Bethan and Ffion are with Hannah on the right. Also pictured are two other very important people.
Next to me is Rhodri Jones, one of the Statkraft technicians who operate the other wind farm on the hill: the 10 turbine Alltwalis Wind Farm which opened a decade ago.
And in the middle is Eileen Kinsman, Head of Development at my third charity, the Centre for Alternative Technology (CAT), who’d travelled 40 miles south from CAT’s base in Machynlleth to meet with us.
Up on the windy, and slightly wet, hillside, this was the most inspiring group of people!
We learnt how Rhodri spends a lot of his time up high, inside the turbines, monitoring the hubs. The new innogy turbines are even higher than the original Statkraft ones: because longer blades (and thus higher turbines) generate more electricity. And Bethan told us that the latest turbines now being installed are even higher still.
There’s footage of these majestic turbines in the Week 6 Highlights Video: I’m not sure if their scale really comes over, but take it from me, it was wonderful to walk amongst them.
Loads of thoughts came out of our group chat about renewable energy up on the hill. Here’s a flavour of just three points that I took away to think about (go with me – it’s exciting!):
1. Wind farms fit their local environments & communities: I’d heard that there can sometimes be local objections to wind farms, both physically and financially. However, Bethan explained how the innogy turbines have been “keyholed” into the woodland. Hannah and I both felt they were incredibly unobtrusive, despite their height. Plus, Ffion described the Brechfa Forest West community investment fund which will invest over £11m in the local community over the next 25 years, really embedding the benefits of the farm in the neighbouring areas. And no greenhouse gas emissions. What’s not to like?
2. Wind farms provide high quality local employment: Rhodri does specialist technical work operating the Statkraft wind farm, but he’s a local boy, born and bred in Llansawel where Hannah and I had walked from this morning. This is how things should be: you shouldn’t have to move or commute into urban areas to find high quality employment.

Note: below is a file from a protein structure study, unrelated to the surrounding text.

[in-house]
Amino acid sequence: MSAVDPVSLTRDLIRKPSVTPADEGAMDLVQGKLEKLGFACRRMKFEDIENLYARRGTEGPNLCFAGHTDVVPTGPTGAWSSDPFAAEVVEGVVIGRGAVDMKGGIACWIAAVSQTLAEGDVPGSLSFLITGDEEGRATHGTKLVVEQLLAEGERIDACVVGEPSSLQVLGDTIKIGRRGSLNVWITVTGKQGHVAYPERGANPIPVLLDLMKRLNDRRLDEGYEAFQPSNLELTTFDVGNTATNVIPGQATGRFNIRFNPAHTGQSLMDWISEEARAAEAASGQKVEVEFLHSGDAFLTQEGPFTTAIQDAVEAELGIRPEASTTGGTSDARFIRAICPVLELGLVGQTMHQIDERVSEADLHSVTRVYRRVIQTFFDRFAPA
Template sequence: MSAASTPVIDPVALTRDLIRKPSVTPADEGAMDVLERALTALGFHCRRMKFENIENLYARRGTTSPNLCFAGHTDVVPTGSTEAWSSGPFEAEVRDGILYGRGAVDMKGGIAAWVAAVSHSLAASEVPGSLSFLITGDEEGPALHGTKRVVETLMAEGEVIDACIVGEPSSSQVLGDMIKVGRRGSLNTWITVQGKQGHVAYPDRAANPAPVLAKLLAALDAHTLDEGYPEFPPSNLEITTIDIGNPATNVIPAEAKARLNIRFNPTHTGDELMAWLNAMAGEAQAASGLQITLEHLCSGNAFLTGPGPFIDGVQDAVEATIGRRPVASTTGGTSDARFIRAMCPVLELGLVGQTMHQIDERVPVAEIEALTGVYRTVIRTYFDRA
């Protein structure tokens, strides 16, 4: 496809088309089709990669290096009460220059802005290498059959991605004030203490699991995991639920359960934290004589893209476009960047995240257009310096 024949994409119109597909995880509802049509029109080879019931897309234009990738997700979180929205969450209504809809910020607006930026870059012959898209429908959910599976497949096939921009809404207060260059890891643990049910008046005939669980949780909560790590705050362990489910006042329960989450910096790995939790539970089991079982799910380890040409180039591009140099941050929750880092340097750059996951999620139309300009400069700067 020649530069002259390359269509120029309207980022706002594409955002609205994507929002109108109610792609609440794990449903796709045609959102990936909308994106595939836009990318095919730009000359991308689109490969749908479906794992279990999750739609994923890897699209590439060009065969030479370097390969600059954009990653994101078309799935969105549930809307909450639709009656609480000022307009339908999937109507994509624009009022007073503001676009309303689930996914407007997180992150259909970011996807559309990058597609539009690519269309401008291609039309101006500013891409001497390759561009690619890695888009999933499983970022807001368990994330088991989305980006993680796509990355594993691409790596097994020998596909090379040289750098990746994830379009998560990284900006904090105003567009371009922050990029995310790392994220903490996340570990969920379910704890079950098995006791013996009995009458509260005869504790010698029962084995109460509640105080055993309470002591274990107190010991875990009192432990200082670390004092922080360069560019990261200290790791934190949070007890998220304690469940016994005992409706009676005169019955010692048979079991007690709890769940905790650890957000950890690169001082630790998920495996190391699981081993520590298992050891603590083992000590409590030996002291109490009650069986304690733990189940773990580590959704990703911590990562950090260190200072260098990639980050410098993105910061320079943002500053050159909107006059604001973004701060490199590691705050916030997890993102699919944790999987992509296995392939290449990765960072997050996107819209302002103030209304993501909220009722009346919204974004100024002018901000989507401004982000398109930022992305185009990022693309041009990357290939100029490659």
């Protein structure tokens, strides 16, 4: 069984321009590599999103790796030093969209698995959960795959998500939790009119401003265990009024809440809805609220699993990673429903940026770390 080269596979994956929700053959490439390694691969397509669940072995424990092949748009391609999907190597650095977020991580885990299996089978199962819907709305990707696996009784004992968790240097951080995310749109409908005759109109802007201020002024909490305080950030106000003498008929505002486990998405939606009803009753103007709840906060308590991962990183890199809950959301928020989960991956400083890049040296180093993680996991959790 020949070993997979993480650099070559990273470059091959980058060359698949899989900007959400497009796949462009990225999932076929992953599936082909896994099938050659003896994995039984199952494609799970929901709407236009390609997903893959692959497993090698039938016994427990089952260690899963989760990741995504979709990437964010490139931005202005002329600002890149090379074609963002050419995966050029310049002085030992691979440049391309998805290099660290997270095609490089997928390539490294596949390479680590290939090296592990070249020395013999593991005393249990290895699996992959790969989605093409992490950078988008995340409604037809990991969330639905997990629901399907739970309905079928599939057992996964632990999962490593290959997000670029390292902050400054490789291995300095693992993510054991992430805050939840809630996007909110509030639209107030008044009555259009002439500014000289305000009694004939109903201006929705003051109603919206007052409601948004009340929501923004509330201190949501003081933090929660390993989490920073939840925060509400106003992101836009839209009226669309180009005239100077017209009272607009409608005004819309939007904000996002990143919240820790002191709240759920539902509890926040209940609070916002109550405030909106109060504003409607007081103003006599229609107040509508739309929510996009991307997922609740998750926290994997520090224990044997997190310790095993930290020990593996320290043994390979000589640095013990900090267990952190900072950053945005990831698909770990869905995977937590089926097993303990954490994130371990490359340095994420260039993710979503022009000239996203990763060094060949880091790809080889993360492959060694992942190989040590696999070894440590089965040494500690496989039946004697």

3. Wind is a key part of CAT’s Zero Carbon Britain hub: Most excitingly, though, was Eileen’s update from CAT. They have observed a tipping point with huge interest in their zero carbon research coming over the last nine months or so. CAT has been inundated with requests for advice from local authorities, businesses and policymakers looking to make their own local zero carbon action plans. Because of this they have just secured the go-ahead to launch a zero carbon “hub” to spread their knowledge and expertise across the UK and even globally.
This is such an important and exciting development that I’ve covered it in both the Week 5 and Week 6 Highlights Videos. Have a look, and if you’ve not yet made a donation CAT, please do if you can. As one kind donator commented on the JustGiving page: “Keep going, my grandchildren’s future may depend on you”.
Final spooky coincidence before we all went our different ways: whilst staying at innogy, Bethan is starting a part-time Masters course at CAT this September.
Once again Hannah & I were relatively quiet as we came down off the hill on the specially constructed wind farm access road into the village of Pencader.
We weren’t out of breath this time, though. We were just speechless following our inspiring meeting on the hill. I was left feeling, if only people like Bethan, Eileen, Ffion & Rhodri were running the world, everything would be OK.
In Pencader, we arrived at Jayne’s and Ian’s amazing School House B&B (more on that tomorrow) just in time for my drive time interview with Oliver Hides on BBC Radio Wales (you can listen here, the interview is at the end of the show starting at 1:25:00).
Oliver told me on air about the famous Branney’s fish & chip café in Pencader, so Hannah & I popped along the road for a final evening meal together at the end of this wonderfully inspiring day.
Today was exactly what 52 was meant to be all about. I have been so lucky to be able to do this walk, meeting so many incredibly inspirational people, and finding (despite life’s challenges) so much hope and positivity for the future.